S·P·I·N - Study Platform on Interlocking Nationalisms

SpInTime

Dynamically visualizing how
cultural patterns, networks and exchanges
evolve in space and time

SPIN aims to map the dissemination of cultural nationalism across Europe by charting cultural patterns and networks as they evolve over time. We aim to present these patterns in interactive, clickable maps visualizing networks and diffusion patterns, and dynamically morphable by means of a click/draggable time focus and time slider.

(NOTE: This feature will work in most browsers, but NOT in Internet Explorer 8; Chrome is fastest.
The speed of data selection depends on your internet connectivity, the speed and fluidity of visual rendering on the processing power of your computer ).


An integrated viewer interface for all databases is now online; click here to access.


The database visualization uses either lists (which are clickable to bring up the textual or visual contents) or visualizations, chronologically as geographical or social mapping. These SpInTime mappings are largely intuitive.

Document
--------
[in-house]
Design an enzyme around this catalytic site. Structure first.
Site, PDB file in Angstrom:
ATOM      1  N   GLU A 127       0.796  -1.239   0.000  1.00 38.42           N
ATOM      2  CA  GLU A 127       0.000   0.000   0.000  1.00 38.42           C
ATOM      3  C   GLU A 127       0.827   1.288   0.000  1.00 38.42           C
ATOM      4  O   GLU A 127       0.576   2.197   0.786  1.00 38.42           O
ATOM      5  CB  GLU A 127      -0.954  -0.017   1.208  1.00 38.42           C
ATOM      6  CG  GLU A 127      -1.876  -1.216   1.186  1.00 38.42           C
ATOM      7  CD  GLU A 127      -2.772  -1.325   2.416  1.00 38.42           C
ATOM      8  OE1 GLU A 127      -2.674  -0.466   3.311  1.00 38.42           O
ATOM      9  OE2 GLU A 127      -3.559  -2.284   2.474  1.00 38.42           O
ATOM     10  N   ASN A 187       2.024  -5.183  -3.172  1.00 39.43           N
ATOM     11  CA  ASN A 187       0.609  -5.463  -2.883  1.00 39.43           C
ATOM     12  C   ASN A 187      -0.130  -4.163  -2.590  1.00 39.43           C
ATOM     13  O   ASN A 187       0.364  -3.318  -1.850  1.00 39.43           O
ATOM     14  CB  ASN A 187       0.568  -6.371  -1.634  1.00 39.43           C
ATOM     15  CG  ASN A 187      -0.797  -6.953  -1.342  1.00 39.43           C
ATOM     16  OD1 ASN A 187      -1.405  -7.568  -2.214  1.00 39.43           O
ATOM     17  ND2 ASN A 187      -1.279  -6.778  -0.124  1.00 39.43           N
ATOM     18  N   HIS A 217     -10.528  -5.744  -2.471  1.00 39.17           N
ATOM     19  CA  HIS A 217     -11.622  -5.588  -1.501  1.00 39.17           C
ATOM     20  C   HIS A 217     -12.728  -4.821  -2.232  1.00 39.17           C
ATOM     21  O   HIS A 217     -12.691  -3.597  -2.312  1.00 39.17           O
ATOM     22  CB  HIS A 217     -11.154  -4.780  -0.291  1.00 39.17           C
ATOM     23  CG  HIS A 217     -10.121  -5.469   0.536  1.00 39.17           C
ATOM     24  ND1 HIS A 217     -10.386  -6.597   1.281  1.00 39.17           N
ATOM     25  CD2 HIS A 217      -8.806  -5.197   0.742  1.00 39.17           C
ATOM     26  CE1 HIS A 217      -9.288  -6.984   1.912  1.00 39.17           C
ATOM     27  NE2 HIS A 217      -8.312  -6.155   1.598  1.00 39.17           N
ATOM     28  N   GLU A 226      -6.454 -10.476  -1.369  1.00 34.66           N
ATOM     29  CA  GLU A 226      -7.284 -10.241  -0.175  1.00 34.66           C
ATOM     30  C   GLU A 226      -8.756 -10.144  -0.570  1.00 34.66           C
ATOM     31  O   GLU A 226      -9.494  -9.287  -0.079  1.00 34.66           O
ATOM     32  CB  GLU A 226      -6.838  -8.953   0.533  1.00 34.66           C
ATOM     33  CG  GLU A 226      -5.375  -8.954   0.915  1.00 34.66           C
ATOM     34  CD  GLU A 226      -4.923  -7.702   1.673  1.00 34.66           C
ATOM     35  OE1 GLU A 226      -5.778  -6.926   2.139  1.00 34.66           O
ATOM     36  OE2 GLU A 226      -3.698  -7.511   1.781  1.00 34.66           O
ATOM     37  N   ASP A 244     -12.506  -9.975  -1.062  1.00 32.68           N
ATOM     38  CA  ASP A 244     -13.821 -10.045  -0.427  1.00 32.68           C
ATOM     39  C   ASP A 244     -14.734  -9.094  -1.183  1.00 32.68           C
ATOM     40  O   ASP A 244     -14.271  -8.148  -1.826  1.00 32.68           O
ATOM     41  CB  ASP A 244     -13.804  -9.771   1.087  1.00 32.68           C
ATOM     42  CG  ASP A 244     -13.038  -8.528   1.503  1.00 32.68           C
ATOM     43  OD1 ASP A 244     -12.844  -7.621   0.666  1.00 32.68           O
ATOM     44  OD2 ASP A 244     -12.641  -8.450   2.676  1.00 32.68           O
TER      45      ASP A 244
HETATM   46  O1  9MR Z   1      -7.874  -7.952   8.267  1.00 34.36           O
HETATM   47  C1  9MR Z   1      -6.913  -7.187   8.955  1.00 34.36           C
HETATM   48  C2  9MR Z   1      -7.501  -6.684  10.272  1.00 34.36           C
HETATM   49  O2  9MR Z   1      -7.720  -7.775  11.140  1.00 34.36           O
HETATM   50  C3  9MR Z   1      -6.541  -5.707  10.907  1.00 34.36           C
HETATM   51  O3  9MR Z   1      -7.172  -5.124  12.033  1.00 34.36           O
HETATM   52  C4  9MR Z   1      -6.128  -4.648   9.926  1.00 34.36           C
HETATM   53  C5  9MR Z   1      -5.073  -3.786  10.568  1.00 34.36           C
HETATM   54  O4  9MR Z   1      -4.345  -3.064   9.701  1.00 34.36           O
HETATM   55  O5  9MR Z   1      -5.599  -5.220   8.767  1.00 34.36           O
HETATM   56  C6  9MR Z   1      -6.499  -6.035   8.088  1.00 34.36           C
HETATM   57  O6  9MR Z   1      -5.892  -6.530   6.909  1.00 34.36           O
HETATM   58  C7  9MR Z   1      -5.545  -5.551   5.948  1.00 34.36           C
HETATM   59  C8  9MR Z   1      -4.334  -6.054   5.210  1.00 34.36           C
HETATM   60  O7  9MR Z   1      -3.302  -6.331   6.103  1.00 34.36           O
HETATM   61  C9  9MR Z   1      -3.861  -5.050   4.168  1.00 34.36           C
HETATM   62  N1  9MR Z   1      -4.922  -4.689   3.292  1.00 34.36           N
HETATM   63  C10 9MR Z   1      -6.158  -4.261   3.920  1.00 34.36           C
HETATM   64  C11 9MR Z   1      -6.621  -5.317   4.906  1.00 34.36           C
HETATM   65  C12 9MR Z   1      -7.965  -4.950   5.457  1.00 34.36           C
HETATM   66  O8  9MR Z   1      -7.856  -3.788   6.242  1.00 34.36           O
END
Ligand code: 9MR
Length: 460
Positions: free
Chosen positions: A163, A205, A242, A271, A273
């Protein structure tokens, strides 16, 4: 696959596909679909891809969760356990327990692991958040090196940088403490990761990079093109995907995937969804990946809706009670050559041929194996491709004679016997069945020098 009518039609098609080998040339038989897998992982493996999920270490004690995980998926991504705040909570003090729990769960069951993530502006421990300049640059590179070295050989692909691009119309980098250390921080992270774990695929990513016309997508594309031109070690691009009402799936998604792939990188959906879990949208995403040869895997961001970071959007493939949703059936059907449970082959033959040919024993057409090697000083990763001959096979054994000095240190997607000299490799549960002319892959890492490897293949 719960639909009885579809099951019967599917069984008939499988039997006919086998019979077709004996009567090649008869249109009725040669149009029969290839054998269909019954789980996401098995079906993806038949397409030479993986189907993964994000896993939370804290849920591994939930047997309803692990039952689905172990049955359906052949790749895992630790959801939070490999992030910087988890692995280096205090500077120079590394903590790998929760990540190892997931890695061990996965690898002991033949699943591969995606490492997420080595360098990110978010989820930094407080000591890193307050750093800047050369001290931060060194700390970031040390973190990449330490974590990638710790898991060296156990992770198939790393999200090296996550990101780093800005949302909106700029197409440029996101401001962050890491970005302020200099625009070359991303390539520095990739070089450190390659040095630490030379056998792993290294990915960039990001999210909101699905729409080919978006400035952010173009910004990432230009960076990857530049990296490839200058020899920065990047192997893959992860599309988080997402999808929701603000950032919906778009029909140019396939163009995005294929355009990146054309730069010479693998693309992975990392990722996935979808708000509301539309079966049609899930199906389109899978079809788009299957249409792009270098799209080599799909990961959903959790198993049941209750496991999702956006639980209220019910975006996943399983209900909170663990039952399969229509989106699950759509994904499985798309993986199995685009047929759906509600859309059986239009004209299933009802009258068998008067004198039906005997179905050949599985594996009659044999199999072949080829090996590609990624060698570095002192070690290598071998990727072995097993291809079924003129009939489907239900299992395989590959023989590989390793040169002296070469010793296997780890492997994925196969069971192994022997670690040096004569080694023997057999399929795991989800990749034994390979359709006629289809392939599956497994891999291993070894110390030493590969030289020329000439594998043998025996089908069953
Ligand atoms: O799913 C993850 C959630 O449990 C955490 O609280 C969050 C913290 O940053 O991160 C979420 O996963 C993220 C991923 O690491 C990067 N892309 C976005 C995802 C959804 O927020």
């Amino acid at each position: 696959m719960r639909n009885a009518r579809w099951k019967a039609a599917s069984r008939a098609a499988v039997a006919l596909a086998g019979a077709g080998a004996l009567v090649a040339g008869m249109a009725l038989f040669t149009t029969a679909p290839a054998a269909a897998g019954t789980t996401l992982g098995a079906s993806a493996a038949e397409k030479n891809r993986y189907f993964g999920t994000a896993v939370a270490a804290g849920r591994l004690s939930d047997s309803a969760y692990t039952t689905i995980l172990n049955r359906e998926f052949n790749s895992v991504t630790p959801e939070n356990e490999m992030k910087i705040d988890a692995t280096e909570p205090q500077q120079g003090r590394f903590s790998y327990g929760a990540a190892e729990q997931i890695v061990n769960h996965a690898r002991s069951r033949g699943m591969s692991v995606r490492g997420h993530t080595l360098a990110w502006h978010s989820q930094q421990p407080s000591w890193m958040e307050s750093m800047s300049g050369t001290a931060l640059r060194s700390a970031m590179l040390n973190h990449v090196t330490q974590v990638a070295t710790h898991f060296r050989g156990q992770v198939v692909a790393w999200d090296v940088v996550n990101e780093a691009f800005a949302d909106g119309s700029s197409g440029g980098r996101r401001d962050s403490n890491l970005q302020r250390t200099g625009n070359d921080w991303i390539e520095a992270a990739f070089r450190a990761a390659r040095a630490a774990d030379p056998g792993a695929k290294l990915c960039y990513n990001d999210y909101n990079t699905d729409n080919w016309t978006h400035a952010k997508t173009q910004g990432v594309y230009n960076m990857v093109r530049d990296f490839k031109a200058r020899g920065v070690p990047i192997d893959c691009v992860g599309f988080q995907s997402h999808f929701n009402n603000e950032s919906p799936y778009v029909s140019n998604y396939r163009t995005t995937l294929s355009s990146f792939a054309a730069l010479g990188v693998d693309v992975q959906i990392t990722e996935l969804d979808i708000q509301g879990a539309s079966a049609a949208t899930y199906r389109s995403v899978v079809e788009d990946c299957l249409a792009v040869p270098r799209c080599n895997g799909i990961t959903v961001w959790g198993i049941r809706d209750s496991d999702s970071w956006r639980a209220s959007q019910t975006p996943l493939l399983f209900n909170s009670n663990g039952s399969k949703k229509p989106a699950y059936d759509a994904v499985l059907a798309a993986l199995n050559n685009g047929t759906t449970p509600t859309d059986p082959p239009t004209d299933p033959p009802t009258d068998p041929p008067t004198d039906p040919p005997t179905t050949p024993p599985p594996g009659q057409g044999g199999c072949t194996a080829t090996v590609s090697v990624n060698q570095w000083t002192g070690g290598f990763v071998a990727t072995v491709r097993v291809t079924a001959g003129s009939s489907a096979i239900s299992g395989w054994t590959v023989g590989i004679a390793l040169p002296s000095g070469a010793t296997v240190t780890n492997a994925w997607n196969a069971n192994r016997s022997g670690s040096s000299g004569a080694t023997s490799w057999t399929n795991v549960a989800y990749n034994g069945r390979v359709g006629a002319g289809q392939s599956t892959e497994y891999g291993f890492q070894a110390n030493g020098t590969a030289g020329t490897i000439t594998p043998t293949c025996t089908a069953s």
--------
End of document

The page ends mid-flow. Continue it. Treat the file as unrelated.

The map is can be zoomed in or out and clicked/dragged. The selection can be narrowed or widened and moved in time by adjusting the time slide at the bottom of the map. You can narrow or widen the begin- and end-dates of the time selection by shifting edges of the time focus, and the time focus as a whole can be slid along the timeline to visualize pattern shifts and changes over time.


In the “Letters” map

-you can choose to bring up a social visualization rather than the default geographical visualization of the epistolary network: use the tab at the top of the map. This is of interest if a variety of correspondents has been selected, or (for instance) the letters sent to, or from the city of Paris.


SpInTime has been developed for SPIN by Lab1100 (Pim van Bree and Geert Kessels) in consultation with Joep Leerssen, and is intended

-- to visually render these networks both in space (over the European landmass) and dynamically in time (in the course of the "long nineteenth century

-- to develop a data management concept that allows flexible data input, multiple applicabilities, and low-threshold technology for high-quality visual rendering.